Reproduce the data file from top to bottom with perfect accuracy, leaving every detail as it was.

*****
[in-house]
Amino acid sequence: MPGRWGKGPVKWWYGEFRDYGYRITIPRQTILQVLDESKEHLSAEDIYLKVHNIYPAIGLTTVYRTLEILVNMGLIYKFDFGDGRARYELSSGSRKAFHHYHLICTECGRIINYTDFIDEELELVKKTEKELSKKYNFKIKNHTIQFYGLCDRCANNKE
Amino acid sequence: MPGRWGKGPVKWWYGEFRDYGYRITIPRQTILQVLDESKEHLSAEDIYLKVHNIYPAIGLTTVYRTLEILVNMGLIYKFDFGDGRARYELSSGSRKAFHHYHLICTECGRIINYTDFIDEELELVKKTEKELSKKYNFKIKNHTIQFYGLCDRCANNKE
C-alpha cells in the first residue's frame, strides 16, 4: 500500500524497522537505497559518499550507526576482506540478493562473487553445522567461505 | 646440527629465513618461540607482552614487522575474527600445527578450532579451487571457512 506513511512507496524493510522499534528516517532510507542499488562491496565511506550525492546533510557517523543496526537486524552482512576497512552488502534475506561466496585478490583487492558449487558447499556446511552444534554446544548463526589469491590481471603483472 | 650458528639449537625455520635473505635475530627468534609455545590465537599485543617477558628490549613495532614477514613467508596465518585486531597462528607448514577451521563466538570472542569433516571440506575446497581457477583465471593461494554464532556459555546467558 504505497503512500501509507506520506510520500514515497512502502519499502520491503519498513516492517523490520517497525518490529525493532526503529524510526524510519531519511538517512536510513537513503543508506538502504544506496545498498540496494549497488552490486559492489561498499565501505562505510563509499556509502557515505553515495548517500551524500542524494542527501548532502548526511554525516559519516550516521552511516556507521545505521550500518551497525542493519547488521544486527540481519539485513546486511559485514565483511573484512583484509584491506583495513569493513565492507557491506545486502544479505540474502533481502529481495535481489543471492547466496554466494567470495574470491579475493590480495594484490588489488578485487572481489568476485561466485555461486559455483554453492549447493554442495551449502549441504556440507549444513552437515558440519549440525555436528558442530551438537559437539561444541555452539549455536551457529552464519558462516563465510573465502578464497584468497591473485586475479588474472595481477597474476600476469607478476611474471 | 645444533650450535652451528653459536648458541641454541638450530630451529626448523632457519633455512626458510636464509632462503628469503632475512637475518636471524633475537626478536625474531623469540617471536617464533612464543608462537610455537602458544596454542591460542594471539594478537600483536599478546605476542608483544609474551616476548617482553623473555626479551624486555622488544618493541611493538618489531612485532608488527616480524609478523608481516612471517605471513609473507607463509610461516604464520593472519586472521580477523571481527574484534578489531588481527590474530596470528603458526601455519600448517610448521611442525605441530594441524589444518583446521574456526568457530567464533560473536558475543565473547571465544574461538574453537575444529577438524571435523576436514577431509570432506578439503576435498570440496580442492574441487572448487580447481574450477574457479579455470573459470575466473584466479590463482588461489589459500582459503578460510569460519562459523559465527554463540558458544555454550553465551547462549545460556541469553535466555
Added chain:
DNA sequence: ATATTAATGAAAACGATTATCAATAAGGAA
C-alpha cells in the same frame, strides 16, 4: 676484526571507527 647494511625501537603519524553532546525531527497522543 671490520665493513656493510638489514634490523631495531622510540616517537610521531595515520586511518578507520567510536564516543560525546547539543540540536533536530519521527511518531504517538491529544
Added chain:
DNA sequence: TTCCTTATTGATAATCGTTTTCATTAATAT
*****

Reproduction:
[in-house]
Amino acid sequence: MPGRWGKGPVKWWYGEFRDYGYRITIPRQTILQVLDESKEHLSAEDIYLKVHNIYPAIGLTTVYRTLEILVNMGLIYKFDFGDGRARYELSSGSRKAFHHYHLICTECGRIINYTDFIDEELELVKKTEKELSKKYNFKIKNHTIQFYGLCDRCANNKE
Amino acid sequence: MPGRWGKGPVKWWYGEFRDYGYRITIPRQTILQVLDESKEHLSAEDIYLKVHNIYPAIGLTTVYRTLEILVNMGLIYKFDFGDGRARYELSSGSRKAFHHYHLICTECGRIINYTDFIDEELELVKKTEKELSKKYNFKIKNHTIQFYGLCDRCANNKE
C-alpha cells in the first residue's frame, strides 16, 4: 500500500524497522537505497559518499550507526576482506540478493562473487553445522567461505 | 646440527629465513618461540607482552614487522575474527600445527578450532579451487571457512 506513511512507496524493510522499534528516517532510507542499488562491496565511506550525492546533510557517523543496526537486524552482512576497512552488502534475506561466496585478490583487492558449487558447499556446511552444534554446544548463526589469491590481471603483472 | 650458528639449537625455520635473505635475530627468534609455545590465537599485543617477558628490549613495532614477514613467508596465518585486531597462528607448514577451521563466538570472542569433516571440506575446497581457477583465471593461494554464532556459555546467558 504505497503512500501509507506520506510520500514515497512502502519499502520491503519498513516492517523490520517497525518490529525493532526503529524510526524510519531519511538517512536510513537513503543508506538502504544506496545498498540496494549497488552490486559492489561498499565501505562505510563509499556509502557515505553515495548517500551524500542524494542527501548532502548526511554525516559519516550516521552511516556507521545505521550500518551497525542493519547488521544486527540481519539485513546486511559485514565483511573484512583484509584491506583495513569493513565492507557491506545486502544479505540474502533481502529481495535481489543471492547466496554466494567470495574470491579475493590480495594484490588489488578485487572481489568476485561466485555461486559455483554453492549447493554442495551449502549441504556440507549444513552437515558440519549440525555436528558442530551438537559437539561444541555452539549455536551457529552464519558462516563465510573465502578464497584468497591473485586475479588474472595481477597474476600476469607478476611474471 | 645444533650450535652451528653459536648458541641454541638450530630451529626448523632457519633455512626458510636464509632462503628469503632475512637475518636471524633475537626478536625474531623469540617471536617464533612464543608462537610455537602458544596454542591460542594471539594478537600483536599478546605476542608483544609474551616476548617482553623473555626479551624486555622488544618493541611493538618489531612485532608488527616480524609478523608481516612471517605471513609473507607463509610461516604464520593472519586472521580477523571481527574484534578489531588481527590474530596470528603458526601455519600448517610448521611442525605441530594441524589444518583446521574456526568457530567464533560473536558475543565473547571465544574461538574453537575444529577438524571435523576436514577431509570432506578439503576435498570440496580442492574441487572448487580447481574450477574457479579455470573459470575466473584466479590463482588461489589459500582459503578460510569460519562459523559465527554463540558458544555454550553465551547462549545460556541469553535466555
Added chain:
DNA sequence: ATATTAATGAAAACGATTATCAATAAGGAA
C-alpha cells in the same frame, strides 16, 4: 676484526571507527 647494511625501537603519524553532546525531527497522543 671490520665493513656493510638489514634490523631495531622510540616517537610521531595515520586511518578507520567510536564516543560525546547539543540540536533536530519521527511518531504517538491529544
Added chain:
DNA sequence: TTCCTTATTGATAATCGTTTTCATTAATAT